This month, we're raising money for Women's Aid. Jerry, a runner from London, tells us how the charity helped her to overcome depression and anxiety through running.
“I joined The Freedom Project programme for 6 weeks to help me deal with the aftermath of what I went through,” Jerry tells us. “The key thing I took away from it was that I can trust my instincts and intuition. After years of abuse and being skilfully gaslighted, this was really important for me.”
Women’s Aid referred Jerry to The Running Charity, who use running to help young people who are experiencing homelessness, vulnerability and domestic abuse. “I had no idea then the difference it would make to my life,” she remembers. “Through running and the support of The Running Charity I was able to overcome and control my crippling anxiety and depression. I was able to see a positive future for myself, and had my faith in humanity restored.”
Like many of us, Jerry found running challenging to begin with. “On my first run I couldn’t run more than 30 seconds without breathlessness and feeling as though I would pass out,” she says. “Using a run/walk system, I was able to increase my running time without feeling faint or having pain in my chest. Following this system, my weekly runs slowly increased in distance, and I was soon training for my first race and half marathon.”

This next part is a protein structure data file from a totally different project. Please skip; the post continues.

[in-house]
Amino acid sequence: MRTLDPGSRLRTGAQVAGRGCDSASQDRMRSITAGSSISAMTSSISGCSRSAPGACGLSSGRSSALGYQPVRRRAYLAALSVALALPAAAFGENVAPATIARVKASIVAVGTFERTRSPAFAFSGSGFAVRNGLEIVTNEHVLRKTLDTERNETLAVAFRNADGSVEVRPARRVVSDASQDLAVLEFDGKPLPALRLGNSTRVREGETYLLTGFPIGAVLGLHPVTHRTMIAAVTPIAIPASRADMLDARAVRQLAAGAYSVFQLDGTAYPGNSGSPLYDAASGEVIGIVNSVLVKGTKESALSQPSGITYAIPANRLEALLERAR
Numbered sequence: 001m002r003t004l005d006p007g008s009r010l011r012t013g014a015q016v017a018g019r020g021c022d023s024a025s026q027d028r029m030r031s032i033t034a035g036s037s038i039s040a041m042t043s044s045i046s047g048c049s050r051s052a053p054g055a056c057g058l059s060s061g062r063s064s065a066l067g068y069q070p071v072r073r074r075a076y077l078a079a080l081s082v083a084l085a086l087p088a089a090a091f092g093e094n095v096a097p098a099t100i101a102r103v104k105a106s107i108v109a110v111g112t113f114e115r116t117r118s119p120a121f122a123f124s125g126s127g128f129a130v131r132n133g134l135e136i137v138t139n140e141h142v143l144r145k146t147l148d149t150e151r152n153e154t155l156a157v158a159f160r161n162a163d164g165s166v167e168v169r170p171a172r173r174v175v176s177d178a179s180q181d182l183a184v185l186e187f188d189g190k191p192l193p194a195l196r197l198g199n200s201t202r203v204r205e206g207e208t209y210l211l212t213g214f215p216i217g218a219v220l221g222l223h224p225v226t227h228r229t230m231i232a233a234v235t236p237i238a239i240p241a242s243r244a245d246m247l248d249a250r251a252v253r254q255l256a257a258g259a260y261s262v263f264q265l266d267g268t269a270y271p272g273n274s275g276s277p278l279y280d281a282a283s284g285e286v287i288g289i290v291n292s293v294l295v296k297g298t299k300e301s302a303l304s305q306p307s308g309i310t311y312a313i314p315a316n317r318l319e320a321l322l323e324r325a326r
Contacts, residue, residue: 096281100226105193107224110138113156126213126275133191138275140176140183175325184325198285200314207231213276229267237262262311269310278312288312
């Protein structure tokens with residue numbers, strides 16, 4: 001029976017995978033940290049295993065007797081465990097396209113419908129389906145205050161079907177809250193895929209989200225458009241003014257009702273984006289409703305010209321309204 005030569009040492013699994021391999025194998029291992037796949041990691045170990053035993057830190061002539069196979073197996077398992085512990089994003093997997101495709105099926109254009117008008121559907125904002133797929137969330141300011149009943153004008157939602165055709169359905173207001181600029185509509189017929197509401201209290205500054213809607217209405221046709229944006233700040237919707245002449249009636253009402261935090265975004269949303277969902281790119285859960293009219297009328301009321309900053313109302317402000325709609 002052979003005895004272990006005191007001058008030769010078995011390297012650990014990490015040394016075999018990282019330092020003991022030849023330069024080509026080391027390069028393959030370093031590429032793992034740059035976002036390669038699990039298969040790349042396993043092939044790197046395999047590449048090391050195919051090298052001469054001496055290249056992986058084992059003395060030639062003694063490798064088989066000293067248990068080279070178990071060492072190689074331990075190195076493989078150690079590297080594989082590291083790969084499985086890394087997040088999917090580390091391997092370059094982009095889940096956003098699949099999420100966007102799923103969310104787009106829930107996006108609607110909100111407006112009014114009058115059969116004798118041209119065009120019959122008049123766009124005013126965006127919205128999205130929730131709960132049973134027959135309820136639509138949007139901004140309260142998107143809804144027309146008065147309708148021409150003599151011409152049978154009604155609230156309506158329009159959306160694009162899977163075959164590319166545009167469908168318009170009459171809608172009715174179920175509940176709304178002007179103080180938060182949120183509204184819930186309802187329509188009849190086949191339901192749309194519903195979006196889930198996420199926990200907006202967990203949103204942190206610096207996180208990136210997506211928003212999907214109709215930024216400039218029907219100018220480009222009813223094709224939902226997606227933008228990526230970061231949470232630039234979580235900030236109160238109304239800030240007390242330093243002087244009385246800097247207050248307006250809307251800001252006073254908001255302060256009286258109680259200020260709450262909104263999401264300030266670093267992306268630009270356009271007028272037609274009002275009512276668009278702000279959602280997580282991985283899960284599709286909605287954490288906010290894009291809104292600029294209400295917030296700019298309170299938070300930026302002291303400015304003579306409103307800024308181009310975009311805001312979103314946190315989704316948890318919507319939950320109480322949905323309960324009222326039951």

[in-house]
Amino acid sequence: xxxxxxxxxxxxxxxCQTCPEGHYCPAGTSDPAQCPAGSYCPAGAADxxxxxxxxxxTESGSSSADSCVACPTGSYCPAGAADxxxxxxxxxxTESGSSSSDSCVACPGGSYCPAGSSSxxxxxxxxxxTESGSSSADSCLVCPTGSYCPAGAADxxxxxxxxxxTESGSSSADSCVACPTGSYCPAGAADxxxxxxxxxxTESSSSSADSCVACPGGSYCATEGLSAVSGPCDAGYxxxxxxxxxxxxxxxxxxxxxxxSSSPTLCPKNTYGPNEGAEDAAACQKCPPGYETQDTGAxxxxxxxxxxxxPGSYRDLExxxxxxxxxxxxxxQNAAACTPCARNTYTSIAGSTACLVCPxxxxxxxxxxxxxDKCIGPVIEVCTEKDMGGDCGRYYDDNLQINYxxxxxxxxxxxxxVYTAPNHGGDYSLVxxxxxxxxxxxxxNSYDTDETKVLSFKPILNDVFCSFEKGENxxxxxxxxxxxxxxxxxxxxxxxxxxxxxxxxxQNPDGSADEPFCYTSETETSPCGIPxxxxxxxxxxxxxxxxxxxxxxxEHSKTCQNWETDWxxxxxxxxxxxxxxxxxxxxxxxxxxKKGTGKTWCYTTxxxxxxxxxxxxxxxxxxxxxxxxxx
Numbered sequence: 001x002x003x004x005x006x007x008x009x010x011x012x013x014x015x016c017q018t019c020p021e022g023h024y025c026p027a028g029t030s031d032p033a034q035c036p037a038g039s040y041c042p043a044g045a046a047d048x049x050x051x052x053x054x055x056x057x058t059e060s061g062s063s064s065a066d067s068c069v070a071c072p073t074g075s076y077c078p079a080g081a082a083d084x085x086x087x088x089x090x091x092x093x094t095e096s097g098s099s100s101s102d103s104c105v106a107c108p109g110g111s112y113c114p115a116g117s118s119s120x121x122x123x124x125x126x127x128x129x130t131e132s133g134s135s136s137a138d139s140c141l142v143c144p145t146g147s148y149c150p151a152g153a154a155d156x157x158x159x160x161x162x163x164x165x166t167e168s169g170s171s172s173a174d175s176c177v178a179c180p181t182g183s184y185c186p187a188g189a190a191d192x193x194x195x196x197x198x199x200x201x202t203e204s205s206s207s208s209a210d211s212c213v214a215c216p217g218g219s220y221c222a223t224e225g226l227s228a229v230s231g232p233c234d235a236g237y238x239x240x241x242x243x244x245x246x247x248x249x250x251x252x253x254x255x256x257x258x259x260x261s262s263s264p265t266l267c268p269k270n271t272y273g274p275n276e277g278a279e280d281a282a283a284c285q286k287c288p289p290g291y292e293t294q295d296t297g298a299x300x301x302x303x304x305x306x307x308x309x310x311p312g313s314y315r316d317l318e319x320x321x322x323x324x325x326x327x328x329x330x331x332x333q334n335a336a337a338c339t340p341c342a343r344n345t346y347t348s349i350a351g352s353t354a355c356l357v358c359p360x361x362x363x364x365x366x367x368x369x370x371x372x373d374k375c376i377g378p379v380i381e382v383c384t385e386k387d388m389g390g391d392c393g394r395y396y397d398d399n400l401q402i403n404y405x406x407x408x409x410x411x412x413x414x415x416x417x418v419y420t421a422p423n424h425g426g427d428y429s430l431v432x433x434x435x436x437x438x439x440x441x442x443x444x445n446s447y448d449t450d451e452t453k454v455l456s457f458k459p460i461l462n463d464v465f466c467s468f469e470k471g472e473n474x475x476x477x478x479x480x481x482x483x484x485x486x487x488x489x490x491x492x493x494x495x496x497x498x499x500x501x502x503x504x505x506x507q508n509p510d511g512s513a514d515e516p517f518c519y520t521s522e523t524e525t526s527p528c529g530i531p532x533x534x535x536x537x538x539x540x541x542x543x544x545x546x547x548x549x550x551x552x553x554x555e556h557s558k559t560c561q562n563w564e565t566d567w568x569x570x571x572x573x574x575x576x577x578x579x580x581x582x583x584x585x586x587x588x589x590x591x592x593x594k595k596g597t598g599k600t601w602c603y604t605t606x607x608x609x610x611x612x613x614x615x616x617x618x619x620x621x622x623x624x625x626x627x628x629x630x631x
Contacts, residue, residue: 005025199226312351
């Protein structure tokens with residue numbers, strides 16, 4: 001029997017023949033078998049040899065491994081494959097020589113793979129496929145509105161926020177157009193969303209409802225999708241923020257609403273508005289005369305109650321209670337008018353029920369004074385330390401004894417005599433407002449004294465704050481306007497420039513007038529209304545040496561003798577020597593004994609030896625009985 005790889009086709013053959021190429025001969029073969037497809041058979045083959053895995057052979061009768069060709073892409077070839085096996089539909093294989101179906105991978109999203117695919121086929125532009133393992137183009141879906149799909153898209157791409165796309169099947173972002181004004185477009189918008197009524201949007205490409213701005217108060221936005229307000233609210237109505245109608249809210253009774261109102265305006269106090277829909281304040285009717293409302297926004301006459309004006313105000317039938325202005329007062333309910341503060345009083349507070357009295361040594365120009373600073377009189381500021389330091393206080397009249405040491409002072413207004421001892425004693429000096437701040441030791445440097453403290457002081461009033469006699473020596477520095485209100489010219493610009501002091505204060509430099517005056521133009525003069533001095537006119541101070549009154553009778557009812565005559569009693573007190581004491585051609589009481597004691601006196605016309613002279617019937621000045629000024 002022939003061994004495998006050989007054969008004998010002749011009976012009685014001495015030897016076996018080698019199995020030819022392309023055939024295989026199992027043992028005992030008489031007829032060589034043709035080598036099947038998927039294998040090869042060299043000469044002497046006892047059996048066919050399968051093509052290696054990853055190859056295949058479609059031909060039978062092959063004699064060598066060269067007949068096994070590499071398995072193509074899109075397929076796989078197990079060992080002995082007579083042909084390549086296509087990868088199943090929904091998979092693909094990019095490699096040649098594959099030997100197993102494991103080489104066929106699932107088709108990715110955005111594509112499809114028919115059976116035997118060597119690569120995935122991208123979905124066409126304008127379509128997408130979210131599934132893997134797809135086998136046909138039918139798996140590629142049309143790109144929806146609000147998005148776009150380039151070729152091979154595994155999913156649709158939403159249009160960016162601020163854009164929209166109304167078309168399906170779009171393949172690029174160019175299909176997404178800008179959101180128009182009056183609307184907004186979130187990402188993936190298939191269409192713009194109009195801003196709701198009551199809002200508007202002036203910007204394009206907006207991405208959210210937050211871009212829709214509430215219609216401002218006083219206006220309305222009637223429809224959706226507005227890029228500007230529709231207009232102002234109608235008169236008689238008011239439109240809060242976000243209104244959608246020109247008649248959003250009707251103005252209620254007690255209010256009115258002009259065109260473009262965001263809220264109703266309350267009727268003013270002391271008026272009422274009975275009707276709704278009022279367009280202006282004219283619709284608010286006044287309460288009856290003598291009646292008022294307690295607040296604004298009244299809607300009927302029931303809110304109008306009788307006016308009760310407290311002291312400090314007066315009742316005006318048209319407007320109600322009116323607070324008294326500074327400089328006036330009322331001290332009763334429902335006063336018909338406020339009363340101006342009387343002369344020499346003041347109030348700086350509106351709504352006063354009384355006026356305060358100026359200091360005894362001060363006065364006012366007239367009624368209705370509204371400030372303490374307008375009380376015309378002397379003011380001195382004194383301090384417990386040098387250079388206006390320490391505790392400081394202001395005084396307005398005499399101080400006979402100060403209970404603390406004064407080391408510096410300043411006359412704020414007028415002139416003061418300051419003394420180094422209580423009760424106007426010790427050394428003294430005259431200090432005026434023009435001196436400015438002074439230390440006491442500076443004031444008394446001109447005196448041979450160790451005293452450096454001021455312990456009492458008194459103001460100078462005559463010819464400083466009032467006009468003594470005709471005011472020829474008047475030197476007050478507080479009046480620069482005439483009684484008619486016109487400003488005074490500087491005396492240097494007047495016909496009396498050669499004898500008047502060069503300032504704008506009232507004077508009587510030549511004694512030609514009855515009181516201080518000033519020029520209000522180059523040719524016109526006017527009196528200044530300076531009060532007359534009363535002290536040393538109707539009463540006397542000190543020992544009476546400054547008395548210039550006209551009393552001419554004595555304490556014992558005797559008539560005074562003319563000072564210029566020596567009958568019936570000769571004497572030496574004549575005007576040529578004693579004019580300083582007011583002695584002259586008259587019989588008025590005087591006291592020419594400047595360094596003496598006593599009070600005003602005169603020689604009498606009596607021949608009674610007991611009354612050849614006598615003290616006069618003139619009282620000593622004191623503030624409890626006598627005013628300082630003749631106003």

But it wasn’t just physical ability that changed as Jerry ran. “I had worked with many mental health organisations but felt as though I wasn’t making any progress until I was introduced to running. It taught me that I could overcome things that I thought were impossible. Now, I’m more confident than I have ever been. I’m no longer depressed or socially anxious – I feel happy, and finally free of past traumas.”
Jerry is now studying to become a personal trainer so that she can help others in the same way. “My main piece of advice, though, is to talk to someone. Abusers rely on your silence, isolation and fear to control you and get away with their behaviour,” she shares. “There is help and support available and I know that it is hard to take that step – but doing nothing ends up being harder.”
She also runs for charity, raising funds for the organisations that helped her. “I have three races booked this year that I’ll hopefully get to do, one of them being the London Marathon in October. It will be my biggest running challenge and achievement – I’m very excited!” she says.
If you’d like to help us raise fund for Women’s Aid, you can donate directly by clicking here, or join us in our virtual 5k we’re hosting on the 28th February. Click here to find out how to sign up via our Facebook Group.